If you’re wondering what it’s like to get behind the wheel of a quarter million dollars worth of exotic car that you don’t own, in the middle of nowhere Ohio, before you put it on a dirt track, I can tell you it’s actually terrifying.
The new 570S itself is not particularly intimidating. McLaren did a very comprehensive job of making this car as easy to use as possible. It’s low, sure, and very wide, but it’s not difficult to drive. The steering is easy, the transmission has a full-automatic mode, even the pedals are nicely measured, though quite firm. The ride is wonderful and the view out of the car is excellent. The windshield is huge, the dash is low, and the only trouble you get is that your side mirrors are mostly full of huge air intakes.
No, what got me is that I was responsible for the brightest, loudest, most ostentatious car in the entire state. I was basically driving around a gigantic red target that said “please arrest me.”
I spent the first hour with this car driving precisely one mile an hour below the speed limit.
It wasn’t just that I was sure any cop would pull me over for even the very slightest indiscretion. It was that, from the driver’s seat, literally everything within my sight transformed into a potential danger. Would that man on the riding mower fall asleep at the wheel and roll into the car, and dent it, and I’d lose my job? Would that person in the Ford Freestar not see me at this intersection, and roll into the car, and dent it, and I’d lose my job? Would a truck kick up a stone and crack the windshield? Would a nail put a hole in one of the car’s Pirelli tires, for which there are no replacements within a day’s drive? Would a cow wander from that person’s front lawn (yes, there were cows in someone’s front lawn) and crash into the car, and wreck it, and then I’d lose my job?
But after a while of driving around in this carbon fiber and aluminum baby I was taking care of, it occurred to me that this car was probably very fast.
So on a particularly deserted stretch of country road, between one farm and the next, I gassed it.
I’ve driven cars that are faster, cars that are more powerful than this before. But they were on racetracks. And there you not only lose a lot of the sensation of speed, you lose a lot of context of it. When you’re doing 140 mph down the back straight of a racetrack, it feels appropriate. Even when you’re braking for the next turn, you’re thinking to yourself how you’re going to drive differently on the next lap to try to eke out another mile an hour or two. You adjust to the speed, you expect it, and you demand more.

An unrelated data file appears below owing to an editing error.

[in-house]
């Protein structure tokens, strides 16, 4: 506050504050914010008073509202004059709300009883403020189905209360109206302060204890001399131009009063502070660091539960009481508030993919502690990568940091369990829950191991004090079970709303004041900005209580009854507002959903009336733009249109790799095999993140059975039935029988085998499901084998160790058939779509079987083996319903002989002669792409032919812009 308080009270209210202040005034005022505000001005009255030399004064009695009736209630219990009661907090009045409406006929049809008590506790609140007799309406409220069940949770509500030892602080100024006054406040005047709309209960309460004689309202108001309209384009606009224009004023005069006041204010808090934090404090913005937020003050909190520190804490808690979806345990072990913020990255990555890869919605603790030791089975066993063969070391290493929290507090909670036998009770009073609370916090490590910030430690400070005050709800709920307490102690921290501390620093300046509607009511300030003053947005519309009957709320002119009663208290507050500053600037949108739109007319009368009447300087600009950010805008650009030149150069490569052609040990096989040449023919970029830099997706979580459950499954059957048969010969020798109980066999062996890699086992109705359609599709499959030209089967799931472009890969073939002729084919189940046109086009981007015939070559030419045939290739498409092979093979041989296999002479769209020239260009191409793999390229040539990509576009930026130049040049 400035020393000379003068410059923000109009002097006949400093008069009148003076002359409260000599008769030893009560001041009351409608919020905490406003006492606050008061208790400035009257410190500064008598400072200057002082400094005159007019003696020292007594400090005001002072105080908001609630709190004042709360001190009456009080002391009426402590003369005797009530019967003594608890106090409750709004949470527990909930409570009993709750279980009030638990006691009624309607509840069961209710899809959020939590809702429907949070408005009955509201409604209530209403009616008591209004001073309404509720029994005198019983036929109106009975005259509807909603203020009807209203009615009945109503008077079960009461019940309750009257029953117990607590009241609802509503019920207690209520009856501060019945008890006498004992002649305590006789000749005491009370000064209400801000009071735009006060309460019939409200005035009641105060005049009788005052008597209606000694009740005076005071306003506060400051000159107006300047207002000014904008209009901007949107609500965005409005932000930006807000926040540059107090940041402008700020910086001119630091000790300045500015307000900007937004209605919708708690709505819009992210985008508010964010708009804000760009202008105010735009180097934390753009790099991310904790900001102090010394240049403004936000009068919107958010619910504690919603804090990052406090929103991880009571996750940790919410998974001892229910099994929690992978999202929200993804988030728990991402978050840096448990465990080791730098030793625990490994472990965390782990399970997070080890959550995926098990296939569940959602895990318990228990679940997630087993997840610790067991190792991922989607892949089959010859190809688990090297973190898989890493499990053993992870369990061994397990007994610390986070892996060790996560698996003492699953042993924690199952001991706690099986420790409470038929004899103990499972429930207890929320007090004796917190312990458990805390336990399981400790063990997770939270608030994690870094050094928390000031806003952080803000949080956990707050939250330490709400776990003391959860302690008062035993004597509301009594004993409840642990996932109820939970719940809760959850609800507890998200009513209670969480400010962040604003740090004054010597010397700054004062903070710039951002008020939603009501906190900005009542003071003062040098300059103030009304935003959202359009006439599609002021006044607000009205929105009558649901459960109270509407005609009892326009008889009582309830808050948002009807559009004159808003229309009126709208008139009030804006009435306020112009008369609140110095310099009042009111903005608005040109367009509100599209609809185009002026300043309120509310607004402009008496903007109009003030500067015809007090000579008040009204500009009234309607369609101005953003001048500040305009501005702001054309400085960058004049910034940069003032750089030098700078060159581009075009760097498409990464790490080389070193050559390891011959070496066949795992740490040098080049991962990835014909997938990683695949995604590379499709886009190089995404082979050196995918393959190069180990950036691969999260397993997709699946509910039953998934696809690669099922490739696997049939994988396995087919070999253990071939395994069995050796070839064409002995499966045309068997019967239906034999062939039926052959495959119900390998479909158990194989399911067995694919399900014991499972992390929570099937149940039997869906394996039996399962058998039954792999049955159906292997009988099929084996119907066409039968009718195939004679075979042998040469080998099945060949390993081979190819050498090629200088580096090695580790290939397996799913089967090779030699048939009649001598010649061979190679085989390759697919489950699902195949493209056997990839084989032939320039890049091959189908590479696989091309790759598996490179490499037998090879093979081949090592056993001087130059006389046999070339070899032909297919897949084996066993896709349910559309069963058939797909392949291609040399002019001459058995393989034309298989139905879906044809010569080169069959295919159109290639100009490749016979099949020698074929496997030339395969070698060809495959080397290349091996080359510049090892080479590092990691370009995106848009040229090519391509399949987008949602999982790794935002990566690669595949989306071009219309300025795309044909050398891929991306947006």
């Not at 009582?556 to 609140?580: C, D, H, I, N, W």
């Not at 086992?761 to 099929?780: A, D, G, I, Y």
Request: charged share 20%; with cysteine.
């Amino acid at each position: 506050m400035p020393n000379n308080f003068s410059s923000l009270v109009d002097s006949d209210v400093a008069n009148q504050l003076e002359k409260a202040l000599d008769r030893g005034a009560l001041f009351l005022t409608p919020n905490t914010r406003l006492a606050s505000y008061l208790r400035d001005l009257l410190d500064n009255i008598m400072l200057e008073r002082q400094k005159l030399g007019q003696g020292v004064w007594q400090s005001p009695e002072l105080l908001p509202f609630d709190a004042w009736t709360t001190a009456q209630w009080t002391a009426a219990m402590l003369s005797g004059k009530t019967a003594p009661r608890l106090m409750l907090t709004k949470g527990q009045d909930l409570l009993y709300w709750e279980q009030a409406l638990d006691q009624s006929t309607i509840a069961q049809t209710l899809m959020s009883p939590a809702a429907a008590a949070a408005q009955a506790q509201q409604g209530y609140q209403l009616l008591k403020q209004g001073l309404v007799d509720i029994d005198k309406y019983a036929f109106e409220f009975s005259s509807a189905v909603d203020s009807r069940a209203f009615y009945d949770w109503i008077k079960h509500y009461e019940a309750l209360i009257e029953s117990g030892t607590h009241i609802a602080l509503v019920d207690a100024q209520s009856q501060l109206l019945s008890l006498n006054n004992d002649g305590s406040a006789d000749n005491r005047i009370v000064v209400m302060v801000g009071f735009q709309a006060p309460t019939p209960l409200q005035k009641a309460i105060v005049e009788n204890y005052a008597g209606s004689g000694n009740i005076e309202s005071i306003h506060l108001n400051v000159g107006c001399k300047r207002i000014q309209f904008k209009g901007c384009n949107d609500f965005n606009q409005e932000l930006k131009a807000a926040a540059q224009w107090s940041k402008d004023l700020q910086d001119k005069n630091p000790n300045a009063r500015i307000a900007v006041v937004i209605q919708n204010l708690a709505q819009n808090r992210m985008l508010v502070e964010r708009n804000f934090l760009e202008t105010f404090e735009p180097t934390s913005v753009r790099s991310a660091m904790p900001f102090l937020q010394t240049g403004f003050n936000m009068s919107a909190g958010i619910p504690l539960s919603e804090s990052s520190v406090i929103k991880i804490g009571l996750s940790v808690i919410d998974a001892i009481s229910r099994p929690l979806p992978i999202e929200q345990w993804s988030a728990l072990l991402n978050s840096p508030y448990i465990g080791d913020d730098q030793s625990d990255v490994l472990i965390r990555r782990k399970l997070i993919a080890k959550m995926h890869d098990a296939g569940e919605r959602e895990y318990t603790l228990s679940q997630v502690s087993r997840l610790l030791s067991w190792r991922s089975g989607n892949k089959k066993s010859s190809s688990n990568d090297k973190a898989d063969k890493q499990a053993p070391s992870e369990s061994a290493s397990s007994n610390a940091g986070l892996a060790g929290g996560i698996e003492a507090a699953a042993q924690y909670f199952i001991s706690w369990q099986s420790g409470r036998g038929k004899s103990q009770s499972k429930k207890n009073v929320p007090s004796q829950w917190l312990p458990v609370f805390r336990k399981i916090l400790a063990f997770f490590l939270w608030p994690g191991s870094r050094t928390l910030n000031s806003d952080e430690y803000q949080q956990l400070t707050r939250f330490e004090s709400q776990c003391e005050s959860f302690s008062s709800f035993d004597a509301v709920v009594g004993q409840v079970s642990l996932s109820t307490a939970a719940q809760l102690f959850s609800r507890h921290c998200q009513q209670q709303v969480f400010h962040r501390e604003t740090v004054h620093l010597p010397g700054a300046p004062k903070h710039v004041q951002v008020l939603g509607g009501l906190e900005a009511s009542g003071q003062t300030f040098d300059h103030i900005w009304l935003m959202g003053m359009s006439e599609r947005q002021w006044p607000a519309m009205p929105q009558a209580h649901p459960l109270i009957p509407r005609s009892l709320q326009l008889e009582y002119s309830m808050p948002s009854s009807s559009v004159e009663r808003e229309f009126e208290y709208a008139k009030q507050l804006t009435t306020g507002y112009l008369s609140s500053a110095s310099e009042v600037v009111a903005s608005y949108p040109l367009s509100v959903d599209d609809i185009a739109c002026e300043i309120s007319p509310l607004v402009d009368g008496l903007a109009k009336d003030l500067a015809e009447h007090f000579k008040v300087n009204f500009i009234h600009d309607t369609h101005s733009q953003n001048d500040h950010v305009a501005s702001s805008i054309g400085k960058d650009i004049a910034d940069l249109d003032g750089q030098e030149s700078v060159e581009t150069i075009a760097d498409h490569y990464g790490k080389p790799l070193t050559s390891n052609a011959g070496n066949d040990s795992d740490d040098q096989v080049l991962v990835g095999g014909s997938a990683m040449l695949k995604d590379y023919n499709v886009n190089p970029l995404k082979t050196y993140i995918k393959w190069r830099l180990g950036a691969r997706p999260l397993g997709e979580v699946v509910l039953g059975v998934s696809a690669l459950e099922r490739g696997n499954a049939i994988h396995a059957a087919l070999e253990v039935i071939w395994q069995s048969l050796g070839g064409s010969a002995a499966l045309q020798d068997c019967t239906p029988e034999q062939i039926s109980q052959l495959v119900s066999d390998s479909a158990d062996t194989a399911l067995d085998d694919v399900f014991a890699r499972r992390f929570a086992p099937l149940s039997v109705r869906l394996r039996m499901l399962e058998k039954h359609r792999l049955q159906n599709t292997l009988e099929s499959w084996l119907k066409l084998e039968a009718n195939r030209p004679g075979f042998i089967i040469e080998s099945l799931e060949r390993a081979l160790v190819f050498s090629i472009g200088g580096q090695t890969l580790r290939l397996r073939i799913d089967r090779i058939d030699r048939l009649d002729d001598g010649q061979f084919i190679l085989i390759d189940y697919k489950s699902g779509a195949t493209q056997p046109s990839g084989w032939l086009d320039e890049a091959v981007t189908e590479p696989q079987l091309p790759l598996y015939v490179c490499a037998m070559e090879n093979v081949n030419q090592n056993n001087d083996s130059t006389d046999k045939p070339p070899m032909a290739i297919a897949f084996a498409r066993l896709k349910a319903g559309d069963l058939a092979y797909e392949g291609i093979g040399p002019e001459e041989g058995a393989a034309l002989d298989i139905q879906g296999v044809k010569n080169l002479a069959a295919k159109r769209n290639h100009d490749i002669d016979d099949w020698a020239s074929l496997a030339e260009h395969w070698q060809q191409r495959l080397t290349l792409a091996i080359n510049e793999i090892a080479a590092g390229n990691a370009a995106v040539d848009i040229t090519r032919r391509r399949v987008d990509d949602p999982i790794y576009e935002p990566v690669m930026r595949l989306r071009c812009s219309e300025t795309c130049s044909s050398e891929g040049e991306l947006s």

On the road, where you are limited by law, and reason, and self-preservation, the performance that this McLaren has on tap is beyond ludicrous. It feels three echelons above excessive. It is terror. It is alien.
I could only use just a fraction of the rev range, of the car’s performance, before I’m breaking the speed limit. I could use only a hair more before my own sense of self-preservation kicks in, even through all of the adrenaline the 562 horsepower twin-turbo V8 pumped into my veins. Judgement cloudy, heart rate too fast and the throttle pedal started to feel like, I don’t know, dipping a toe into the ocean. Deep. Filled with sharks.
It’s absurd to drive a 204 mph car through towns with three digit population figures and general stores and tractor dealerships. Sunday morning emptiness while everyone is in church. Late night quiet when everything within an hour’s drive is closed but for the St. Henry Nite Club.
Forget taking a mid-engine sports car like this to the South of France, or the Swiss Alps, or whatever other Monaco-is-just-a-day-away cliché. If you want to bring this car’s performance into something resembling perspective, you need to come out here. Don’t park a McLaren next to a Ferrari. It looks normal. Park it next to a ‘90s Thunderbird. You want to get a sense of how much money that $237,000 price tag really is? Take this 570S shopping at the local IGA. Watch people walk up and laugh.
People were snapping pictures from their minivans as they rolled by in the parking lot, excited but too intimidated to get out and approach it unguarded. It’s out here in Ohio where the scale of the McLaren’s exoticism and excess comes into view.
I pulled over on another farm road to take some pictures. The cows nearby stared back at me. They’d never seen a car like this before, doors swinging up, white leather interior soft. It must have looked so strange compared to the Malibu Classics that normally go down this road.
A tractor pulled out from the farm’s driveway, pulled up alongside in the other lane. The driver smiled and we chatted. Maybe he could read the sense of thrill and of consequence this McLaren wrote on my face.
He raised a bandaged hand in goodbye.“Have fun. Drive safe.”